Practice Agile, Don’t Just “Do It”

Agile software development is all about inspecting, adapting, and improving upon findings to better your ___ (fill in the blank) or business or product development. Or “being” Agile as a lifestyle is to continually improve, or Kaizen.

Yep. We get that, and so does Tom Perry, who wrote a recent article on A Call to Practice. So many organizations don’t necessarily practice Agile more than they just “do it.” Never improving upon what they’re doing. That doesn’t seem very Agile at all, now does it?

And that’s exactly Tom’s point.

“We call a lot of things practices and what we really mean is “things we do”. We don’t really practice them… my call to action: find the practice in what you do. Engage in real practice with thoughtful deliberation. Find the techniques that we can all practice… to become the very best at what we do.” – Tom Perry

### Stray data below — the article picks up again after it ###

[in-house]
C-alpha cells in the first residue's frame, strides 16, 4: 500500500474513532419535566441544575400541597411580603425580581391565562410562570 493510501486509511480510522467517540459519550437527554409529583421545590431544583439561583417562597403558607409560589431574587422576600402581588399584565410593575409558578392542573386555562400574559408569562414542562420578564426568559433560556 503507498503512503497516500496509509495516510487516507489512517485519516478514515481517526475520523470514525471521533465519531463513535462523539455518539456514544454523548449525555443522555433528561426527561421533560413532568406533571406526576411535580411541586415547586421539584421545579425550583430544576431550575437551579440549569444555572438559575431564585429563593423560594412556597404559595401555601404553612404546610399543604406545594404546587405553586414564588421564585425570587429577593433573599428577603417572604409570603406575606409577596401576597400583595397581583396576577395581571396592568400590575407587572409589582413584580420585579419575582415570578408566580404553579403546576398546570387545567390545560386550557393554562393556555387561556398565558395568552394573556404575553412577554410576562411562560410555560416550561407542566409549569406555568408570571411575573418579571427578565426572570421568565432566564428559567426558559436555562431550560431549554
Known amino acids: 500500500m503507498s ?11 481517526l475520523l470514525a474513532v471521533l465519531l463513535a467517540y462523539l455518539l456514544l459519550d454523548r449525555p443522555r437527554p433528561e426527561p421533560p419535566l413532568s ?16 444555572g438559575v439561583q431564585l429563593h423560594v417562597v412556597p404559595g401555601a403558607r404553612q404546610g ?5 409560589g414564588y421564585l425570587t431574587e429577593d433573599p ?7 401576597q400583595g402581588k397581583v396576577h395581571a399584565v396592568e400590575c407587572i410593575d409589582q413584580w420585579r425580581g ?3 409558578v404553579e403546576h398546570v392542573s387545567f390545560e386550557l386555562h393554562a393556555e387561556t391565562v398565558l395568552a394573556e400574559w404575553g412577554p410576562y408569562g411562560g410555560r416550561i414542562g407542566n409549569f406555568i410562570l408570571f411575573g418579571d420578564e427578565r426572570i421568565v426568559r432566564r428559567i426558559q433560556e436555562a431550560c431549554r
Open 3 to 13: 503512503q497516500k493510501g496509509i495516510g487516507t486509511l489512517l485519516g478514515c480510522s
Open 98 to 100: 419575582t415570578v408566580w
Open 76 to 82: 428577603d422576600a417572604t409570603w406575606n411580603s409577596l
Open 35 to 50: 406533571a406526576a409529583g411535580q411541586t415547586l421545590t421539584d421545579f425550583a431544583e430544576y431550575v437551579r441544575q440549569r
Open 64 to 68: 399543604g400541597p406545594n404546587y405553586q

I believe that I would add just a bit of commentary here. Many people know this saying:

“Practice makes perfect.”

I disagree with this statement.

In my mind:

“Practice makes permanent.”

Just because you’re practicing something doesn’t mean that your practicing the right thing.

You could practice a particular movement for a sport terribly over and over and what you’ll have is poor form permanently etched in your muscle memory.

See my point?

This is where Tom’s point on “thoughtful deliberation” makes so much sense. Instead of just practicing, we need to practice as well as inspect, adapt, improve upon, and move forward.

Don’t forget to take lessons learned and actually employ those things. Soon enough, your Agile team will be a well-oiled machine. So, after almost 10 years of Agile, have we improved yet?

[HT: AgileTools.Wordpress]

4 Replies to “Practice Agile, Don’t Just “Do It””

  1. I couldn’t agree more! Practice doesn’t make perfect, perfect practice makes perfect. And this means finding the right way to do things — which means that you should be seeking information, training, or coaching to inform you about what proper execution looks like in the first place. And then use those insights as you inspect, reflect, and adapt going forward.

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